The gas-burning stove has long been one of the cooking methods of those in America and other countries. There have been some dramatic changes in the styles and mechanics of the stove over time.
The gas stove was not the first that was ever created. Before the gas stove, there were German-designed, five-plate, or Jamb, stoves in the 1720s. Following that German design, Benjamin Franklin invented the "Franklin Stove," or the iron furnace stove. Later came the first sootless stove, a kerosene version designed by Frans Wilhelm Lindqvist. The coal stove arrived on the scene in 1833, invented by Jordan Mott. The baseburner, as it was called, used ventilation to burn coal efficiently. In 1826, however, a full seven years earlier, the British inventor, James Sharp, created the gas-burning stove.
Early gas-burning stoves did not have a pilot light, and therefore, had to be lit with a match. If the door was closed and the gas was left on, the gas could fill the oven chamber and spread throughout the room. A simple electrical arc, or the lighting of a pipe, could ignite the gas in the room, triggering an explosion. Gas stove manufacturers later installed a safety valve in the ovens to prevent these unfortunate accidents. These safety valves remain in gas-burning stoves even today. An added safety feature is the electrical ignition of the pilot light--the click you hear just before the flames appear.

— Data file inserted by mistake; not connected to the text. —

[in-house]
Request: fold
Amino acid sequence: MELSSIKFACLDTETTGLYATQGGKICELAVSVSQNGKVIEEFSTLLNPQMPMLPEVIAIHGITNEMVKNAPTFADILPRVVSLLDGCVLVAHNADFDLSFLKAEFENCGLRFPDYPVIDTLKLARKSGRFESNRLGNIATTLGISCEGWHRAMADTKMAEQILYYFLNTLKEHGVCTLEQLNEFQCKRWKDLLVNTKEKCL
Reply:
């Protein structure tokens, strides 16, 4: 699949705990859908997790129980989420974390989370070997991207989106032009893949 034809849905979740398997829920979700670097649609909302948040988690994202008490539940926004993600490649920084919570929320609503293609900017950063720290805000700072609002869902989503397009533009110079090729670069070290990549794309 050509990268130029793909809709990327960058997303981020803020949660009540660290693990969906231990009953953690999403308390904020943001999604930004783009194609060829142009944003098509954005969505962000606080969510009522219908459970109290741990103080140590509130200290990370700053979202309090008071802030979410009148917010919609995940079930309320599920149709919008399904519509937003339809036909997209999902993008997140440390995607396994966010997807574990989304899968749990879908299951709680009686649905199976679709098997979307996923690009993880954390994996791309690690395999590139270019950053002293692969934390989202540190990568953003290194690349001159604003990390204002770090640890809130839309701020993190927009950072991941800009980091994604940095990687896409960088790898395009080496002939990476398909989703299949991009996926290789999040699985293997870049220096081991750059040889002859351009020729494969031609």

The turn of the 20th century found many women still using coal-burning stoves--starting fires each morning, constantly tending the fires, emptying ashes and applying waxy black polish to keep the stoves from rusting. All of this took an hour or more, and no cooking was involved yet. Gas-burning stoves took a much smaller amount of work to maintain and could therefore reduce a woman's time in the kitchen.
Although gas companies already marketed piped gas for the illumination of cities and homes, it was decided that if the gas-burning stove was here to stay, then the gas companies must expand their product lines, thereby providing the needed gas for stoves, by piping the gas into individual homes.
Perhaps the most outstanding feature of a gas-burning stove is that its surface remains largely cool when cooking. Instead of being forced to choose a coal-burning stove that could produce potential burns, customers could choose the smaller gas-burning variety. In 1915, a major development for the gas-burning stoves was introduced--a thermostat for the oven. In addition, about the same time, natural gas was introduced for use in gas-burning stoves. This natural gas proved to be cheaper and less toxic for those around. Gas-burning stoves outnumbered coal or wood-burning stoves two to one by 1930.
Most gas stoves today come equipped with gas burners and an electric oven. Having gas burners allows a cook to have total control over the heat that is applied to food. Gas ovens don't heat as evenly as electric ovens, but they prevent the drying out of cakes and brownies more efficiently. Overall, gas-burning stoves are about equal to other types of stoves on the market.